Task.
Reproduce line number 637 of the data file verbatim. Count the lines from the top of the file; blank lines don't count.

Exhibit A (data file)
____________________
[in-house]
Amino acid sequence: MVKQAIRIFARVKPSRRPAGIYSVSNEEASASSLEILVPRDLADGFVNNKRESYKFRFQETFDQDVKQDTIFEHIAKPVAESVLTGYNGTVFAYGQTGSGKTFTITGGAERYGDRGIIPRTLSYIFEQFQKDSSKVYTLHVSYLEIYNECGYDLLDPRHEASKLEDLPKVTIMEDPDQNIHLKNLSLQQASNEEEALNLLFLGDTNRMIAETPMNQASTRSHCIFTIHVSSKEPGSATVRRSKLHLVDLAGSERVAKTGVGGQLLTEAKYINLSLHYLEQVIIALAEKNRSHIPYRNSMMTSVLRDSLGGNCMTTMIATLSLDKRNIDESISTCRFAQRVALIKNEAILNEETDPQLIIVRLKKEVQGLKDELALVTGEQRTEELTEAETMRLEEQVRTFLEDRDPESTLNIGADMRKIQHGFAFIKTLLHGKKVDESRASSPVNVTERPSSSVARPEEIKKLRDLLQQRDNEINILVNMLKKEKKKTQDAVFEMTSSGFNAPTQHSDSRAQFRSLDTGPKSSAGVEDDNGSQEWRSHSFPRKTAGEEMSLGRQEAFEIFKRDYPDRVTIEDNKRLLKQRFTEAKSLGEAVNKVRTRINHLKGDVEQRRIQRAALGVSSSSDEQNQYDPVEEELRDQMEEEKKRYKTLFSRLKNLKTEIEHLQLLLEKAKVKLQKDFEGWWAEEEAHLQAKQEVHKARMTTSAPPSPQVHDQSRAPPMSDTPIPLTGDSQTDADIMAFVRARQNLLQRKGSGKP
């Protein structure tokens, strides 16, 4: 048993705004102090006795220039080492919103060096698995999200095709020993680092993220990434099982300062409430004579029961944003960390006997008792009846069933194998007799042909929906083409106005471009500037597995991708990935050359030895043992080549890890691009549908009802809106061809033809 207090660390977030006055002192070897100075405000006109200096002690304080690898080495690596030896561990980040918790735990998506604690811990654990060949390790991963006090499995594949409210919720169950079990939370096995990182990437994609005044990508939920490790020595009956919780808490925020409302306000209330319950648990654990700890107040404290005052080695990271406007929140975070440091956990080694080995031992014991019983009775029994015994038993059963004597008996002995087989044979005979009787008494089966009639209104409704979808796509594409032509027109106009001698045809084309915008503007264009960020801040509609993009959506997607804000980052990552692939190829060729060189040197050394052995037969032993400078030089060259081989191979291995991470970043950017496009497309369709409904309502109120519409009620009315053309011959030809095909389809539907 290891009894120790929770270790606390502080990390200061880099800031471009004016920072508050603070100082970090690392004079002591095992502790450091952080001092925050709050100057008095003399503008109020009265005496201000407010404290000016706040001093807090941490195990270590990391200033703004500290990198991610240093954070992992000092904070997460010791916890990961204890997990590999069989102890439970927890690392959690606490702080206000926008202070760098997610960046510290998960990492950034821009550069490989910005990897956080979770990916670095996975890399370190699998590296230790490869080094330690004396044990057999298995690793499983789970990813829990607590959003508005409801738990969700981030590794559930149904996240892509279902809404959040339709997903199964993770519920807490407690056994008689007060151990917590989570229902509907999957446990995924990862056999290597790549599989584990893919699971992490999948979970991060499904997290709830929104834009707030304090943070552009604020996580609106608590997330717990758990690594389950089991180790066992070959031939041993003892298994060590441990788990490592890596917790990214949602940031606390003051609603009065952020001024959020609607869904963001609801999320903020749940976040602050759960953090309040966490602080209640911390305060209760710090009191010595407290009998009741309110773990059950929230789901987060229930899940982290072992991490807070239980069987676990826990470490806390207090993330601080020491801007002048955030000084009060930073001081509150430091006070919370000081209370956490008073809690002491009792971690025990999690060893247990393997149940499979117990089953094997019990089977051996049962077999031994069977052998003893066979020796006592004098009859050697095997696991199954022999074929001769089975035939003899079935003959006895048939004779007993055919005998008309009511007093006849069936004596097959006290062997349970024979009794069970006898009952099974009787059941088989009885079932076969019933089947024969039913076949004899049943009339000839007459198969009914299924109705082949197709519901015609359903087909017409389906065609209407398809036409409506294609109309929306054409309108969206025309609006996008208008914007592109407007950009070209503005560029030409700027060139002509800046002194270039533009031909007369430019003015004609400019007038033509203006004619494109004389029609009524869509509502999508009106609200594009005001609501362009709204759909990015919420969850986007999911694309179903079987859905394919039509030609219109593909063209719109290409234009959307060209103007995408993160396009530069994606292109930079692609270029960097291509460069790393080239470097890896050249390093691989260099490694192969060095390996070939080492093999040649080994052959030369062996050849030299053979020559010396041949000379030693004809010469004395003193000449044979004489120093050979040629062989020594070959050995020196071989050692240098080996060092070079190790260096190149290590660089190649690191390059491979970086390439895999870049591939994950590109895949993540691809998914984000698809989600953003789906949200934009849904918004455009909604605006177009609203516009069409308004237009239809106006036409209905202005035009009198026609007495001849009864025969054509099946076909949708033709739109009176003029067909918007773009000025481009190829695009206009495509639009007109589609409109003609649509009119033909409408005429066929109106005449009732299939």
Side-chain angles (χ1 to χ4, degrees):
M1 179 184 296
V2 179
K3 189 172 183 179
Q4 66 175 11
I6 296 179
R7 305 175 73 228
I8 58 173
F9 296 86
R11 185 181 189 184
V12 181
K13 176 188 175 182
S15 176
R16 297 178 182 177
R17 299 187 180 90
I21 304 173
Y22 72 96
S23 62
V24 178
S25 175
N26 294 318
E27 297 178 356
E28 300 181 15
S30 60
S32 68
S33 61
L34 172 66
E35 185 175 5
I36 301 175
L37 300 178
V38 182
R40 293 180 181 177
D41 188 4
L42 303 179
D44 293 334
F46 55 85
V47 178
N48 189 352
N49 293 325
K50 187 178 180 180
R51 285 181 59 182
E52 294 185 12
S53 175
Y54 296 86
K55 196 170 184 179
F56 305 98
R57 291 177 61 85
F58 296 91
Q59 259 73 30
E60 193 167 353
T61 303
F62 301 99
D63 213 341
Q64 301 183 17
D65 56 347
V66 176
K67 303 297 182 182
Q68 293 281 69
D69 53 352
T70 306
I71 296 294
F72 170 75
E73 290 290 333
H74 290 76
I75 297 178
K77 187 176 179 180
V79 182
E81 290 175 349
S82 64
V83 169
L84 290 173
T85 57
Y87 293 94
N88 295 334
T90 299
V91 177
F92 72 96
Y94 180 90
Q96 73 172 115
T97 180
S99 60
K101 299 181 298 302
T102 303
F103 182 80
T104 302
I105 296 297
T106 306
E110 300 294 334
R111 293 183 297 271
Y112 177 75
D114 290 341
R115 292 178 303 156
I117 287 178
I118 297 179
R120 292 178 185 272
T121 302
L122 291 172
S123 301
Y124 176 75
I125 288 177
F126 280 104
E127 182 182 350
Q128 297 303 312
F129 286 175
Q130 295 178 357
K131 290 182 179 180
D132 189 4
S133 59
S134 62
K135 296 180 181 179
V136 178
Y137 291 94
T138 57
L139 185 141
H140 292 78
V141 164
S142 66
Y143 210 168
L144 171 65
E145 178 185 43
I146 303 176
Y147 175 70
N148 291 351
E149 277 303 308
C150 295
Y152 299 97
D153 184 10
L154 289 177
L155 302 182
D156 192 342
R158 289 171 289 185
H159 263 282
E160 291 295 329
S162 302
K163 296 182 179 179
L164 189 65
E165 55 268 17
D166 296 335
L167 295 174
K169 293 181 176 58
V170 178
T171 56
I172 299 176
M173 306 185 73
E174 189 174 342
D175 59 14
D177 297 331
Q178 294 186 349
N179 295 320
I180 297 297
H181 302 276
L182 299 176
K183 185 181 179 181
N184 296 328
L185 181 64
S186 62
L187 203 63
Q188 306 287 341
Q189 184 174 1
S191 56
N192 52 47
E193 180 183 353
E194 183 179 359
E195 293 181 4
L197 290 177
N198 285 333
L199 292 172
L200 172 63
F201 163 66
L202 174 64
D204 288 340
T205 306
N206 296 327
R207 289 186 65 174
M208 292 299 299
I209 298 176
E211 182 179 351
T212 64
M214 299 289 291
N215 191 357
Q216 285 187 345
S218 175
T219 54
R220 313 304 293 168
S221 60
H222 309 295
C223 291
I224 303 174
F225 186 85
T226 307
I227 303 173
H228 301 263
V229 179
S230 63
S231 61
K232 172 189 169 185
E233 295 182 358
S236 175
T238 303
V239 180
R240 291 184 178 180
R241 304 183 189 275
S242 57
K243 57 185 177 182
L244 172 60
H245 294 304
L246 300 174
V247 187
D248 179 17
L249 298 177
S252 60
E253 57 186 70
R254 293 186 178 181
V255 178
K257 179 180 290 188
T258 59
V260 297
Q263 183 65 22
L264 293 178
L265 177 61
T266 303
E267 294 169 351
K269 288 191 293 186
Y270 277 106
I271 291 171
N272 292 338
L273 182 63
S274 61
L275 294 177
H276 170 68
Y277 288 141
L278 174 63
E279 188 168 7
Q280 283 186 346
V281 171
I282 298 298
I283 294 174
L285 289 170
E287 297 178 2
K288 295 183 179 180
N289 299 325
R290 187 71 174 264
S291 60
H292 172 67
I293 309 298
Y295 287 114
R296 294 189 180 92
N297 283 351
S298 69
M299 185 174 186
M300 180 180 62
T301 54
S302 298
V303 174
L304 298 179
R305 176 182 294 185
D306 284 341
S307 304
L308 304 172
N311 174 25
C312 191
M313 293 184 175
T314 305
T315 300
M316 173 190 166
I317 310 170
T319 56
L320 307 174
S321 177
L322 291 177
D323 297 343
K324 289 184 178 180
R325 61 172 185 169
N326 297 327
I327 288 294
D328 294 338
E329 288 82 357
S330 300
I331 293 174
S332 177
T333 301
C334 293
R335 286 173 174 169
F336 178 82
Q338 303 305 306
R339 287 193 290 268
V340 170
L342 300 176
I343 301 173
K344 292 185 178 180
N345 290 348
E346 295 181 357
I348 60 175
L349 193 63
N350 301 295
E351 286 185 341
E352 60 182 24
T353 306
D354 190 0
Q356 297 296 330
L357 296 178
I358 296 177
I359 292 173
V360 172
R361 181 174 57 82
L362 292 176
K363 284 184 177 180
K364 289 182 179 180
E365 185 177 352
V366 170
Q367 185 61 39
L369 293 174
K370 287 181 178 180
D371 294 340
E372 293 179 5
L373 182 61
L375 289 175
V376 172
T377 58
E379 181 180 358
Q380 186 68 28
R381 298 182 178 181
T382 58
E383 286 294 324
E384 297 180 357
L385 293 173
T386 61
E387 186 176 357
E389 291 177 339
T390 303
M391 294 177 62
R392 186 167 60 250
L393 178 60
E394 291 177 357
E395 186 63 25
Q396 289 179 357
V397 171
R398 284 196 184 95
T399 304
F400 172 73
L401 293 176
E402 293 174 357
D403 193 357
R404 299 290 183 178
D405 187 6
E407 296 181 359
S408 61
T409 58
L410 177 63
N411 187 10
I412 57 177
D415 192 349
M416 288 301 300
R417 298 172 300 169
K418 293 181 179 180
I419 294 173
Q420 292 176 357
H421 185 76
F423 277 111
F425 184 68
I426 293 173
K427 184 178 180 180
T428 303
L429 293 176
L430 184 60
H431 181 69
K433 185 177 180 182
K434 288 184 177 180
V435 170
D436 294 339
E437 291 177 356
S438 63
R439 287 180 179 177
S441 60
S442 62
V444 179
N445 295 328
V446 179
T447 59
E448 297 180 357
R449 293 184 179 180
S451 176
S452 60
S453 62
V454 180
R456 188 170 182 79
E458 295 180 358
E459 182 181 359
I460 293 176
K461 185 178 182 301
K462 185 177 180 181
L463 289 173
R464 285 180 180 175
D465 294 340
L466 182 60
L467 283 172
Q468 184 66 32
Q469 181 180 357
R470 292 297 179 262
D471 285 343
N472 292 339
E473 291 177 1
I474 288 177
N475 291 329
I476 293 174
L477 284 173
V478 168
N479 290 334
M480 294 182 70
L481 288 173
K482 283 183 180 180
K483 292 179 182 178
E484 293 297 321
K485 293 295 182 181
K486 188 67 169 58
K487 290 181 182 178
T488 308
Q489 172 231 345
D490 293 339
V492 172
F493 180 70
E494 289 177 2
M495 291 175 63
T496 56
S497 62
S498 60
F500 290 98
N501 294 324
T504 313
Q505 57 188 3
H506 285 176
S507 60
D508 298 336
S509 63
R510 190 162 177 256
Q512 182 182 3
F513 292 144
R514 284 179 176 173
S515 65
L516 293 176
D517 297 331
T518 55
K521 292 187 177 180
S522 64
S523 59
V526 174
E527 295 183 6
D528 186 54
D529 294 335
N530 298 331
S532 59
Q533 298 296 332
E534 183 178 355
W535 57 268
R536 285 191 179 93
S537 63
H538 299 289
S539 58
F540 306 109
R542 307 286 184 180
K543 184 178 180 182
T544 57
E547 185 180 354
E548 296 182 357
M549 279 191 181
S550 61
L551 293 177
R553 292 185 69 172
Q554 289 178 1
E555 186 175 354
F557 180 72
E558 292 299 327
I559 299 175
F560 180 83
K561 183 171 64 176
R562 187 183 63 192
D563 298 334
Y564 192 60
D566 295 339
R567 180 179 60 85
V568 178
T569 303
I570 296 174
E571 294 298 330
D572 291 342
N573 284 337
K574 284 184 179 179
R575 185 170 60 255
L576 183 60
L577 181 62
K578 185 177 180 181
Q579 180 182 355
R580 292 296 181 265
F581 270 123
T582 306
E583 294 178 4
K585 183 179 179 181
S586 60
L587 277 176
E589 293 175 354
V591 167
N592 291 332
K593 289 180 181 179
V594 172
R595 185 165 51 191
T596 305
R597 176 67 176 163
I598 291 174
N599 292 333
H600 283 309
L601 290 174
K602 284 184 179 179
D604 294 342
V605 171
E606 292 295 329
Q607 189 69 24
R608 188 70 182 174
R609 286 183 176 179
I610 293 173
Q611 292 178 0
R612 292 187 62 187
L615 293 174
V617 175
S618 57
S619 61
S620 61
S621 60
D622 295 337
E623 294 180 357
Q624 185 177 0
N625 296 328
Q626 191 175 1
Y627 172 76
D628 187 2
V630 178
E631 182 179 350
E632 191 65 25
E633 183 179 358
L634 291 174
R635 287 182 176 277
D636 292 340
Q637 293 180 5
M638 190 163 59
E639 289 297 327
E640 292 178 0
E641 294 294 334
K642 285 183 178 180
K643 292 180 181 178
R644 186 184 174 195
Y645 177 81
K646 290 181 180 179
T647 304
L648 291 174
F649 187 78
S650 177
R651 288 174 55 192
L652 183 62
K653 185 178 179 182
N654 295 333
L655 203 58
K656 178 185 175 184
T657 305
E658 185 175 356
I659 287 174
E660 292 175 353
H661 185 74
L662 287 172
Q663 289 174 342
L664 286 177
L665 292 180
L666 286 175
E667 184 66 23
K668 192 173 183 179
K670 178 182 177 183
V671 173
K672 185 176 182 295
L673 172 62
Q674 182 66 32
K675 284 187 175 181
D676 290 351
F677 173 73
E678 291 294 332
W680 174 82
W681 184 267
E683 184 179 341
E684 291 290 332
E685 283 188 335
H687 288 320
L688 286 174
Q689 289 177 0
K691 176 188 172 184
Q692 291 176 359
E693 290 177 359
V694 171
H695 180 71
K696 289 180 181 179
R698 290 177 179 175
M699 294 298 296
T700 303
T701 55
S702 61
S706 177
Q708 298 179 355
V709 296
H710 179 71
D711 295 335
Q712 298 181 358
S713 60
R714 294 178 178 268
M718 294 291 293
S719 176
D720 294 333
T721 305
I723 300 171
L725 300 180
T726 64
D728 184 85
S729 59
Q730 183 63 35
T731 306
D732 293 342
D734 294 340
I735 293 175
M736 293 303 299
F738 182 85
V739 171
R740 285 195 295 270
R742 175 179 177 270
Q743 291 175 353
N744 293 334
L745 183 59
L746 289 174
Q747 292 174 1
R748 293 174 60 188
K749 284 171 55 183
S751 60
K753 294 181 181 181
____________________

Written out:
R748 293 174 60 188